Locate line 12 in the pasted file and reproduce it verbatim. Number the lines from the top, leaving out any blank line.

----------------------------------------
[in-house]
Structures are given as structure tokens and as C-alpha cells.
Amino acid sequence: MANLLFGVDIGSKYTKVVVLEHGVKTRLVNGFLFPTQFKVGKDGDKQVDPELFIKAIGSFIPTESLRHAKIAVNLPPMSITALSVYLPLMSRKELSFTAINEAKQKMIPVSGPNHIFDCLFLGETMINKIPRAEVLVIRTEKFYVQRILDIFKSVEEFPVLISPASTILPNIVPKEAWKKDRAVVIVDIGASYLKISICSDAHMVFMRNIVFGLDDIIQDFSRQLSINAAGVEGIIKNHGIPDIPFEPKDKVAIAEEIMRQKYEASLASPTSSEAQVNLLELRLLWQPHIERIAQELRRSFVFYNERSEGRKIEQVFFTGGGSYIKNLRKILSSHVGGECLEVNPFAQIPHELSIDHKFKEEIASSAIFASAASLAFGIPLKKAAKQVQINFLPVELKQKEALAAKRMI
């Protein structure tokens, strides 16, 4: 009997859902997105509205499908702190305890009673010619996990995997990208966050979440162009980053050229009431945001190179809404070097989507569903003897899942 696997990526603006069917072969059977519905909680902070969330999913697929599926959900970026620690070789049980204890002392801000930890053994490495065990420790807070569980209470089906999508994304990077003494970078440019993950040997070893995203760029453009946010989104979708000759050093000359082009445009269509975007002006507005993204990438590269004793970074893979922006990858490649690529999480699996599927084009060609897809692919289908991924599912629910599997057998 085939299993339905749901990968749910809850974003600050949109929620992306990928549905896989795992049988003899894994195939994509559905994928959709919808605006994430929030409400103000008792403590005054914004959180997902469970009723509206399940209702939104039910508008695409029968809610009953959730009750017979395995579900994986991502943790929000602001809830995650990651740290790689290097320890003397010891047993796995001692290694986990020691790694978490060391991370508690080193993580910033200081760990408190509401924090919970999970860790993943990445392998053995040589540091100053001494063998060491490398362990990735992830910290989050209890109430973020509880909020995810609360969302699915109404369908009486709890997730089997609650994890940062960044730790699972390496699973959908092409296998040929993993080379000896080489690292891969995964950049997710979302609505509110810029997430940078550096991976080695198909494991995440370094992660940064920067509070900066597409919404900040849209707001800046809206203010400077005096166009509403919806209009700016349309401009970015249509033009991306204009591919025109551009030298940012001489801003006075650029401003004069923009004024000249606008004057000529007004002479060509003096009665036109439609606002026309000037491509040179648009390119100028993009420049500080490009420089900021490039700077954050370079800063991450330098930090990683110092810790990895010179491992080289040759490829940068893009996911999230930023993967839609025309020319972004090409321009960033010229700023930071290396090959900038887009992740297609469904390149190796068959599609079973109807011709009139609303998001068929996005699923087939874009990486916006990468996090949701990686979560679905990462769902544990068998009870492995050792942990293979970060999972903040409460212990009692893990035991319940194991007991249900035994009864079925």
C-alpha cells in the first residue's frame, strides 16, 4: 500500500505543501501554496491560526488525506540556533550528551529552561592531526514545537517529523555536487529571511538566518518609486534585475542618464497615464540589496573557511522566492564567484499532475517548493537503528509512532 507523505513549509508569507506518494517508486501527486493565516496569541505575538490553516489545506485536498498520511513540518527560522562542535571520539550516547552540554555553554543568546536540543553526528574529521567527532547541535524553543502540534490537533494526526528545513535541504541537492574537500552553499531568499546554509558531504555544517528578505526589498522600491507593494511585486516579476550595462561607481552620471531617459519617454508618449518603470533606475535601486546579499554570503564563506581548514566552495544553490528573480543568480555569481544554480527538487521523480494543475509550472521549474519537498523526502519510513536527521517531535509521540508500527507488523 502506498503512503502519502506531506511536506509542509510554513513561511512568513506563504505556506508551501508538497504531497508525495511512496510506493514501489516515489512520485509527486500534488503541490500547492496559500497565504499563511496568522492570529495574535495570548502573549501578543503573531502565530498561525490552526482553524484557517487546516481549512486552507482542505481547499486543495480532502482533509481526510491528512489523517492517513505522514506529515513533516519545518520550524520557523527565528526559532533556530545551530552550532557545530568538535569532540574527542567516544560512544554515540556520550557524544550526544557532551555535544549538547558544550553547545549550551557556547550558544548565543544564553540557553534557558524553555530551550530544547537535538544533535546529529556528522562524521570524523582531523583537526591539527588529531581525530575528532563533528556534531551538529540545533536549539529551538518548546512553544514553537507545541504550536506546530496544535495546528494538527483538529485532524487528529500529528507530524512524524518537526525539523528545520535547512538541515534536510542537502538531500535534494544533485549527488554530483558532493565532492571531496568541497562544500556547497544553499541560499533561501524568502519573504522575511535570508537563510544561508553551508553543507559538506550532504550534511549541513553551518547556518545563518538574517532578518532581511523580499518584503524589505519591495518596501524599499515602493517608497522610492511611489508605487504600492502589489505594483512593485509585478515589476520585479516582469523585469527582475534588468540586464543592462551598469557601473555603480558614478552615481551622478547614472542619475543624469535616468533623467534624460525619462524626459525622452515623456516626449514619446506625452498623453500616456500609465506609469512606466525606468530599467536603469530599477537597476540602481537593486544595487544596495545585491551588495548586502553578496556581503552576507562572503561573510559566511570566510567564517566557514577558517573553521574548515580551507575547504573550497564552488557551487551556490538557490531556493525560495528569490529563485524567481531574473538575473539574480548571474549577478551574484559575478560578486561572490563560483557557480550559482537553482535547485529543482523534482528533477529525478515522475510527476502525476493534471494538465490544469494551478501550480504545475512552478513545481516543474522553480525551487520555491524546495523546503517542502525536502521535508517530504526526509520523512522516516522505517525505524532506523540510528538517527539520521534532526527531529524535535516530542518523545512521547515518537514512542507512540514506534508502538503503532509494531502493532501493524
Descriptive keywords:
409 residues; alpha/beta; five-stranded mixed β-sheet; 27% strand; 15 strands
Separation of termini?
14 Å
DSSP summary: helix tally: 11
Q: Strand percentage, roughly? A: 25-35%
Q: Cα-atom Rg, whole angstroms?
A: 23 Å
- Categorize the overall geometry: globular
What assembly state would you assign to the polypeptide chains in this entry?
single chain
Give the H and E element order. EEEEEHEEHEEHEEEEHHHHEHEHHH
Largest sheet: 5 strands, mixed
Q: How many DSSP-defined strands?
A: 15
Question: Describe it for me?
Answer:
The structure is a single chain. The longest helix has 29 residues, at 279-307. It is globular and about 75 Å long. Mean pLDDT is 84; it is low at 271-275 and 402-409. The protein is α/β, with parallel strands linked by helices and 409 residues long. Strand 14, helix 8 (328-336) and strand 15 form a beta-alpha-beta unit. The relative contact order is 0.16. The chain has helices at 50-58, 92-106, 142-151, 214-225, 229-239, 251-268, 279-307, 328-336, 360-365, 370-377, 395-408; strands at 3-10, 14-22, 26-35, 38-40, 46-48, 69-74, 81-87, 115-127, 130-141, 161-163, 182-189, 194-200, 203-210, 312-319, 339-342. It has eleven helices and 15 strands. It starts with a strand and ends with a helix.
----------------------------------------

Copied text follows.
Q: Cα-atom Rg, whole angstroms?